As time passes, Willie is finally accepted by the bullies and Dink returns from the war a changed man, Skip continues to help the young boy grow up and learn about responsibility, love and friendship.

WILL KIDS WANT TO SEE IT?
Since it's a story about a boy and his dog, it probably will, although many teenagers will probably think it too juvenile for them.
WHY THE MPAA RATED IT: PG
For some violent content and mild language.
CAST AS ROLE MODELS:
  • FRANKIE MUNIZ plays the nine-year-old boy who grows up with the help of the love and friendship of his dog. Other than a brief moment where he punches the dog (after being mad at Skip and himself for being no good at baseball), he's a good kid.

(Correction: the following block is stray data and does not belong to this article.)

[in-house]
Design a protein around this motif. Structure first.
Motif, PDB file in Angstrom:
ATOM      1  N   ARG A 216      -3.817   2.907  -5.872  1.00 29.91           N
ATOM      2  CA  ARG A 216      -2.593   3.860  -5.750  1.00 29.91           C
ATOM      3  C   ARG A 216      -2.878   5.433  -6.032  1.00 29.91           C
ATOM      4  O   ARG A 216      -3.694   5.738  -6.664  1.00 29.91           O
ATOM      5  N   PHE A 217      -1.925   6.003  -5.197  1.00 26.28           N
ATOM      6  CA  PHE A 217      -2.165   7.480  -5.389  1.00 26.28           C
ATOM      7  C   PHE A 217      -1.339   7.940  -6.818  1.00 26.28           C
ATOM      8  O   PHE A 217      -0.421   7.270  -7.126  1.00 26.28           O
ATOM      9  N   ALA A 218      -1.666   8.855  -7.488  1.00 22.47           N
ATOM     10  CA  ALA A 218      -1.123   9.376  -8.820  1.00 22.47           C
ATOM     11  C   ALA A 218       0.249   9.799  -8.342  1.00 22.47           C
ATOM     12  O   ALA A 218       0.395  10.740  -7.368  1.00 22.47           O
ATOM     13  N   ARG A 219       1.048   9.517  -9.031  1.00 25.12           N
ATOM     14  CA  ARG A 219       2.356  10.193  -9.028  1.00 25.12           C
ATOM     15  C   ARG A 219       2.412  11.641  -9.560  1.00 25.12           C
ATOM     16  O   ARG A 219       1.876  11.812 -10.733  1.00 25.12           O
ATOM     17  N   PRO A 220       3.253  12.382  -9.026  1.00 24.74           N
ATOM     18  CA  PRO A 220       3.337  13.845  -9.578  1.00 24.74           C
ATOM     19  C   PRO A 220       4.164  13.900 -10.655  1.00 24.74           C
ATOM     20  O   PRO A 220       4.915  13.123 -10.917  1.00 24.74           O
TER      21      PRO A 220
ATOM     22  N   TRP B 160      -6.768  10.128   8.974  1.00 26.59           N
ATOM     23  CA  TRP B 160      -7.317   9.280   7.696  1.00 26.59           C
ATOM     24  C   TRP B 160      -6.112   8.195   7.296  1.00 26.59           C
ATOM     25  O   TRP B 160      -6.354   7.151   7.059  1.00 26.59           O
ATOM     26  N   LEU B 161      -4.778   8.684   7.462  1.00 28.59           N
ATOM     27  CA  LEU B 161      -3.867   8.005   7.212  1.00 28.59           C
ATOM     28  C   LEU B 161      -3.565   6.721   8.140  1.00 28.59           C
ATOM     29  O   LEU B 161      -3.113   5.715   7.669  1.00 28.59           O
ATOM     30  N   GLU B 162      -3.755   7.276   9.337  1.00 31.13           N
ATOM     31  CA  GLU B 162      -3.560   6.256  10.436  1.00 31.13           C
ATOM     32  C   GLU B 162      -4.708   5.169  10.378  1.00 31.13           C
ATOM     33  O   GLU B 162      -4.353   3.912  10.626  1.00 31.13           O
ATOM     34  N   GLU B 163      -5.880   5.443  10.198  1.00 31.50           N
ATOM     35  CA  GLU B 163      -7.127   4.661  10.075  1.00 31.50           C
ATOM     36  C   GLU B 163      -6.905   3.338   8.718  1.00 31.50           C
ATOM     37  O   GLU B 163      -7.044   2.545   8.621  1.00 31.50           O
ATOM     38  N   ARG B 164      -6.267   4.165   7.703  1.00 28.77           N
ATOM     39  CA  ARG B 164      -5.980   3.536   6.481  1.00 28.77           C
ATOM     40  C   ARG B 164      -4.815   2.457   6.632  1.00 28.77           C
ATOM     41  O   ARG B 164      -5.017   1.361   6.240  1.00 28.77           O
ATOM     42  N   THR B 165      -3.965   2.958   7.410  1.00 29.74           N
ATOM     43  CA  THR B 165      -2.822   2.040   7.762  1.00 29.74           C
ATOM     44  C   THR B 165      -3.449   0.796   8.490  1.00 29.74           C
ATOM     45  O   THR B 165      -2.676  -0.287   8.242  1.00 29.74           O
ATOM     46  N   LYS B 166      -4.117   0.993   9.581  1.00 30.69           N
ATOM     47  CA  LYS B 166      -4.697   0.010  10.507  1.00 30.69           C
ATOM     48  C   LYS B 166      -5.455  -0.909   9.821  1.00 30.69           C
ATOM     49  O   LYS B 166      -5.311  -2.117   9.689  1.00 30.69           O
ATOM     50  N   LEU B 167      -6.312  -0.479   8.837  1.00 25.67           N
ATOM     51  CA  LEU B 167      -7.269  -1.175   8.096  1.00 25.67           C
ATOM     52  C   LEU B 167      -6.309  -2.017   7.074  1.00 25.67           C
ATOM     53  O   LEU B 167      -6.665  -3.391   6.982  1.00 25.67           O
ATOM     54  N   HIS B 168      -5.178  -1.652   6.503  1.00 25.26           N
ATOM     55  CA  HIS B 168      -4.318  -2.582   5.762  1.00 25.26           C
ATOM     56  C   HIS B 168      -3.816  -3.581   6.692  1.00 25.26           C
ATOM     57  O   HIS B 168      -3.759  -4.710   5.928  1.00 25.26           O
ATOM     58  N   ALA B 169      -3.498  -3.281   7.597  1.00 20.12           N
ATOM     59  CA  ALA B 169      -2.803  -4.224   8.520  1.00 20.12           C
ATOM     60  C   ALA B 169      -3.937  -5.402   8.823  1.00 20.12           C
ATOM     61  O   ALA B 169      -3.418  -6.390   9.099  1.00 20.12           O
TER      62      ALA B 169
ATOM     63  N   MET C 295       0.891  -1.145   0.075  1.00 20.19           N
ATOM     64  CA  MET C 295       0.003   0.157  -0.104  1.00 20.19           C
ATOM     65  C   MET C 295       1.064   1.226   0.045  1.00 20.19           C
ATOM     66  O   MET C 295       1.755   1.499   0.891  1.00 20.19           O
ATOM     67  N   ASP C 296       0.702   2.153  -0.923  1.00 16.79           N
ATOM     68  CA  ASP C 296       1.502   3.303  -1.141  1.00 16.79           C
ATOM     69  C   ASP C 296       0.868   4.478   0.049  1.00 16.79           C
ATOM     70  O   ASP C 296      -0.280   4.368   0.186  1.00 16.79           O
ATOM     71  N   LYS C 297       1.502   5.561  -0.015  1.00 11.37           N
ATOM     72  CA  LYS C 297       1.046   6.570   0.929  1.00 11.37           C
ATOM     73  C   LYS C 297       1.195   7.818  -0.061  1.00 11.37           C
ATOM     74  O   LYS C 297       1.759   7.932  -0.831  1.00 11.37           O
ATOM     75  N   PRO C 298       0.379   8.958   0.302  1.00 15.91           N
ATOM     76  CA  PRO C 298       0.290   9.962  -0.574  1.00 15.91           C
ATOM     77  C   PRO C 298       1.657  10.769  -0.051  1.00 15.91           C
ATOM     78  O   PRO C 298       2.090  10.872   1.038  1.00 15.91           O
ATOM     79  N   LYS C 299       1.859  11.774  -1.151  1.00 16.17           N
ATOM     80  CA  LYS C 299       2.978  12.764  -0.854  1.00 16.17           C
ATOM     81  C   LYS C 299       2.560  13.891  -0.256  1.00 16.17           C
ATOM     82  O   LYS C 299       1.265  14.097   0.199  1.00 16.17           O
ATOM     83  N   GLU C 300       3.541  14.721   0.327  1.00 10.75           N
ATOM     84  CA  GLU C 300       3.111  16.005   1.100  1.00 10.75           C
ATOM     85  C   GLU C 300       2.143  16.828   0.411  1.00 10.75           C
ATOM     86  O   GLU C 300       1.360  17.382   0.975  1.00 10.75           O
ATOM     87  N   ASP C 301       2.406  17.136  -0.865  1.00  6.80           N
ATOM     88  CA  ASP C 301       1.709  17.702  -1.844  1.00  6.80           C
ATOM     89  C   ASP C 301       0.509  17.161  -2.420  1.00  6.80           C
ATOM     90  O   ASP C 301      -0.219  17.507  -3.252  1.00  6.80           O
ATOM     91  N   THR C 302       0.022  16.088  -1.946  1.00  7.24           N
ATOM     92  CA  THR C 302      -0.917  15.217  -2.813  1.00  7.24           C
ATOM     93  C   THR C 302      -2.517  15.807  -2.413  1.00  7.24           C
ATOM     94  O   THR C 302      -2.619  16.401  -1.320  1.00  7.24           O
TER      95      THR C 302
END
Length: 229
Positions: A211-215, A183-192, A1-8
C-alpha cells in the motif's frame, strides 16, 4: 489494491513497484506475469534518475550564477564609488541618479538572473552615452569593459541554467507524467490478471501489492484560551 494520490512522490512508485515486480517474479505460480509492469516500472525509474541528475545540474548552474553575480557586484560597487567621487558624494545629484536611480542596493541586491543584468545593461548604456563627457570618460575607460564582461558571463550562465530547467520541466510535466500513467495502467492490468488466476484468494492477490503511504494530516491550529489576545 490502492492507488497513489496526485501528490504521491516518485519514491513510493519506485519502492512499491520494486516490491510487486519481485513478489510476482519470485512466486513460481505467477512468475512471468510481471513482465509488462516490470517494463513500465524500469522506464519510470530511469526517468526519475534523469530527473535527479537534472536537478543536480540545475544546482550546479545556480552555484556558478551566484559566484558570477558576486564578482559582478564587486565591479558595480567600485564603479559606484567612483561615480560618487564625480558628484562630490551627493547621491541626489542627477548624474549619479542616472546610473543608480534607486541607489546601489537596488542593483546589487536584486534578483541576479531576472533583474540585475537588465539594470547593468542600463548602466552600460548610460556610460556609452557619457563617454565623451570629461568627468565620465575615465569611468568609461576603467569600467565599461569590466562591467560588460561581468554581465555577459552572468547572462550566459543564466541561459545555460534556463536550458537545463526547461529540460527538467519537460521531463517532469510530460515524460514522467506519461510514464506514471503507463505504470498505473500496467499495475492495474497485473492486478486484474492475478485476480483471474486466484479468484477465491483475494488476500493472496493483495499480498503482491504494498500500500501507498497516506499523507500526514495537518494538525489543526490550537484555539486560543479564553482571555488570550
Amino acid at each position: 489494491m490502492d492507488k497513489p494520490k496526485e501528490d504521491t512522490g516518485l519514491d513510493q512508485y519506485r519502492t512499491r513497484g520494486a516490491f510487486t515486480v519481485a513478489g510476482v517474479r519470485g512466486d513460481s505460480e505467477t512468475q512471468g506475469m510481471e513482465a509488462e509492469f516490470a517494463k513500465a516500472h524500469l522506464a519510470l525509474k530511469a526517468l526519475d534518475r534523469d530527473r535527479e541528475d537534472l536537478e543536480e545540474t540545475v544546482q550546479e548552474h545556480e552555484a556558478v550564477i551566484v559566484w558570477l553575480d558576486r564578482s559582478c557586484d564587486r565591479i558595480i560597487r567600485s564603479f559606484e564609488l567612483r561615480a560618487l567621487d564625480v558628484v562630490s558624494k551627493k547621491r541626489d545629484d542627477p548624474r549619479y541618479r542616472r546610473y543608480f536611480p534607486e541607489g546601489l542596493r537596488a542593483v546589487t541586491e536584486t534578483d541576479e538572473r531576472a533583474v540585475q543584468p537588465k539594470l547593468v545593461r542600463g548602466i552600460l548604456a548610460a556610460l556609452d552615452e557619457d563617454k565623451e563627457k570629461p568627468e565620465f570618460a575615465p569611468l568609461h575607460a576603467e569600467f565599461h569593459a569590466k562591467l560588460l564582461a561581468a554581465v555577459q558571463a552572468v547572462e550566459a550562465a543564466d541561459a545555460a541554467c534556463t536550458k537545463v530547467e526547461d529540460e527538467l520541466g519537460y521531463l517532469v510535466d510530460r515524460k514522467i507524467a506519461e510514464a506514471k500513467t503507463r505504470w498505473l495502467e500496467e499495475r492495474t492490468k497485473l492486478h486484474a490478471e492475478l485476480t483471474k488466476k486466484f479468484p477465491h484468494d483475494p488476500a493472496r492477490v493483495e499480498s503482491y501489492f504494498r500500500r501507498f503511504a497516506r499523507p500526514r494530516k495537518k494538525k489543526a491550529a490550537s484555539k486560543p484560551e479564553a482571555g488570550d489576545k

• DIANE LANE plays Willie's caring mother who does what she can to make sure that her son is happy and at least has one friend in the form of Skip.
  • LUKE WILSON plays the outgoing hometown star athlete who returns from WWII a changed man, a reported coward who barely leaves his home upon his return.
  • KEVIN BACON plays Willie's stern and conservative father who doesn't want his son to face any heartbreak or loss during his early years.
  • BRADLEY CORYELL, DAYLAN HONEYCUTT, and CODY LINLEY play a trio of bullies who repeatedly taunt Willie before eventually accepting him into their "gang."
  • CAITLIN WACHS plays Willie's "girlfriend."
  • PETER CROMBIE and CLINT HOWARD play two bootleggers who store their stash in a cemetery, and threaten Willie and end up hitting Skip with a shovel, nearly killing the pooch.
  • CAST, CREW, & TECHNICAL INFO